Top tips for teen stress
Post Date
23rd April 2014
Top tips for teen stress

Stress is the body’s natural response to pressure. When you are in a risky situation, your heart rate increases, your start breathing faster, your blood pressure rises, muscles are tensed, pupils are dilated – in short, you are ready for action. But sometimes the body feels stress in relation to long-lasting events. This ongoing, low-level stress can leave you feeling worn out and overwhelmed. It may even make you more susceptible to illness. Many teenagers experience ongoing stress, frequently because of the demands of schoolwork and exams, but sometimes because of personal relationships or social pressures, too. Here are some ideas that you can introduce to help your teen cope better with stress – and start feeling better.

  • Keep active Getting regular physical activity will help keep your teen fit, improve energy levels and boost confidence as well as reducing stress levels. If you really want to encourage your teen to exercise, you’ll need to get stuck into some physical activity yourself!

  • Encourage a regular sleep routine (even on weekends) A good night’s sleep is important for maintaining your teen’s health. Lack of sleep, on the other hand, makes it hard to learn and concentrate, as well as contributing to poor diet choices. Consistent bedtimes make it easier to fall asleep, so encourage a regular sleep routine through the week and across the weekends. Don’t be concerned if your son or daughter is going to bed later these days, as sleep patterns really do shift in adolescence, but keep in mind that around nine hours of quality sleep is ideal for teenagers. 

  • Encourage fresh air on weekend mornings It’s natural for your teen to want to sleep in on the weekends, but try to encourage her to get outside for some fresh air in the mornings. A dose of sunlight will help to regulate her body’s sleep patterns, even if she’s getting up later than she would on a weekday morning.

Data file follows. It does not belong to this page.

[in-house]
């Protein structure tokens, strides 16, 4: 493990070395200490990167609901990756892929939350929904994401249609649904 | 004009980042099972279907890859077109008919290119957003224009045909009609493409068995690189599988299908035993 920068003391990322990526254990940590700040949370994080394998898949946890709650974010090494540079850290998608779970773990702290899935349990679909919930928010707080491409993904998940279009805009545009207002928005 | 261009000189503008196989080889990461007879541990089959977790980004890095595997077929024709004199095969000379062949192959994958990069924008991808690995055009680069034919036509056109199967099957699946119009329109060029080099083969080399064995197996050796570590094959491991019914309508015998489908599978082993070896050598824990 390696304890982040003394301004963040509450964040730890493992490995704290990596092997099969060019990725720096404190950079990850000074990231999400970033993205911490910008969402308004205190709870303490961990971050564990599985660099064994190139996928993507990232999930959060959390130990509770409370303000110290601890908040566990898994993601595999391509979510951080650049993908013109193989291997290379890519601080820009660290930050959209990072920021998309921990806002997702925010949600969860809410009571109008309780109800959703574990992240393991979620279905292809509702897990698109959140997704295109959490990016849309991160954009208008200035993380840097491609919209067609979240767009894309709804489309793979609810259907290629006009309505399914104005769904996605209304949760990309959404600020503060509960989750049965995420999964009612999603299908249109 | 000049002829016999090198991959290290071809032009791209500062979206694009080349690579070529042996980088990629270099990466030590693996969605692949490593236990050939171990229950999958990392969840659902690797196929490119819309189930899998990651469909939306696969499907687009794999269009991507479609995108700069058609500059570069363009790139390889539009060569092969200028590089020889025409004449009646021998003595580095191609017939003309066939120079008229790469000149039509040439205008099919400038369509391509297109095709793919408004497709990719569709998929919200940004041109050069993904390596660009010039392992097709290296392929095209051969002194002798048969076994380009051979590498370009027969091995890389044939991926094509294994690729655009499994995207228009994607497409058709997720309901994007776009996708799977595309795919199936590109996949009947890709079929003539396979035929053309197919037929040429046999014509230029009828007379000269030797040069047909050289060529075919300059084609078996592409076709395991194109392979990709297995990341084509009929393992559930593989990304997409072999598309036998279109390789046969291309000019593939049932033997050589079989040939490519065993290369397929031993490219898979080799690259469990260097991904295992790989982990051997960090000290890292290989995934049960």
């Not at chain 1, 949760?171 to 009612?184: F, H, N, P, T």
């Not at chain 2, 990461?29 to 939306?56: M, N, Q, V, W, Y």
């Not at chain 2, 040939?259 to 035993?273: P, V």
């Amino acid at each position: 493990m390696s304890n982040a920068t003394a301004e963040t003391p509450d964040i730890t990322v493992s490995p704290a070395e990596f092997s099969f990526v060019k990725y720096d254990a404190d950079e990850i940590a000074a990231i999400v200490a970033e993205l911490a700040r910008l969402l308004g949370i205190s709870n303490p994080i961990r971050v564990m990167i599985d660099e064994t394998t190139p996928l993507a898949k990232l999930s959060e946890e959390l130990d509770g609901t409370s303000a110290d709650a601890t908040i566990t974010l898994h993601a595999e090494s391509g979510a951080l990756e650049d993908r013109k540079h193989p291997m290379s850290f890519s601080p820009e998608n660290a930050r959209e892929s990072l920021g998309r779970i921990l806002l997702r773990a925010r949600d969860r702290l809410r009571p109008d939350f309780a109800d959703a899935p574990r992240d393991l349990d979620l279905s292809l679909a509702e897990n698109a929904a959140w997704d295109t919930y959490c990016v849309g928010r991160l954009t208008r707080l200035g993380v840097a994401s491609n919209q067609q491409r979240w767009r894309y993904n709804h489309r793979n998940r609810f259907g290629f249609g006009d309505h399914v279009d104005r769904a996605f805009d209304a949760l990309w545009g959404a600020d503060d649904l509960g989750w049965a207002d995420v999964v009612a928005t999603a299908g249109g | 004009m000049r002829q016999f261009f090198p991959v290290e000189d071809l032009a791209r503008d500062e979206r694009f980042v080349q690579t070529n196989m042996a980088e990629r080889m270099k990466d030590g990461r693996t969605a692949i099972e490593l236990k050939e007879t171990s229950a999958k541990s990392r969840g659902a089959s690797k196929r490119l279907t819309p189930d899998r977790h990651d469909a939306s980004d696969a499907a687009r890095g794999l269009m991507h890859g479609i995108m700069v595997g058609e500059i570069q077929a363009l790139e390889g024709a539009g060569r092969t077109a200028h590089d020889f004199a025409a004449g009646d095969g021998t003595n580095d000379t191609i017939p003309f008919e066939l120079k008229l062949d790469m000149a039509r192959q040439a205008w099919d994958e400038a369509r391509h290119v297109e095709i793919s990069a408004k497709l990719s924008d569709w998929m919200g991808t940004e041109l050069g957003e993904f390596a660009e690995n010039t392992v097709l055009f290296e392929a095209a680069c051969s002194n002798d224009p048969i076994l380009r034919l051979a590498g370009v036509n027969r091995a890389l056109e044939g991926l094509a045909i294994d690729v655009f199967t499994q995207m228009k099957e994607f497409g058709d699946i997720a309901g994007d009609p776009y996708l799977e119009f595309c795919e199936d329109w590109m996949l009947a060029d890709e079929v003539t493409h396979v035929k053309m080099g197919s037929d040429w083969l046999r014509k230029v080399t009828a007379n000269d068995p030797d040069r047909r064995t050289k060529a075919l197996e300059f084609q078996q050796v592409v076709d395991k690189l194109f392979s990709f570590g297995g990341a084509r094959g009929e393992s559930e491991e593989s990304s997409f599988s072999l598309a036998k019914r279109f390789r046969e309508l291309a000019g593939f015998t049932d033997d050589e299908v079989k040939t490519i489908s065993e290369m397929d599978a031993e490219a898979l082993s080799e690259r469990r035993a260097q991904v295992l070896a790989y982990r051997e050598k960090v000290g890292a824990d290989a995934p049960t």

• Teach time management Poor organisation can lead to overwhelming and stressful situations – like working till dawn to get an assignment in on time.  Encourage your teen to tackle the “have-tos” (like homework, personal hygiene and exercise) before moving on to the “want-tos” (including screen time and social activities). Teaching your daughter how to breakdown big tasks into a series of smaller tasks can also help to reduce stress.

  • Cut back on the extracurricular Families everywhere struggle to keep up with their weekly routines. It’s important that your teen keeps up with schoolwork and has some regular sport or exercise, but perhaps there are other things that can be dropped from her schedule. Sit down and have a talk to see what can be culled – perhaps just for a term or two.

  • Stay in contact A positive relationship with you will do a lot for your teen’s mental health and ability to manage stress. Keep up the conversations in the car, at breakfast and over the dinner table. Schedule some one-on-one time every few weeks or even more. Spending time together will give your teen an opportunity to discuss issues with you if she wants to, and it will also give you a chance to monitor how she is coping with all the challenges of adolescence.

  • Get help when you need it If you are worried about your child, or think that your child would speak more freely to an outsider than to you, consider getting some professional help. Speak to your GP for advice, or call Lifeline on 13 11 14.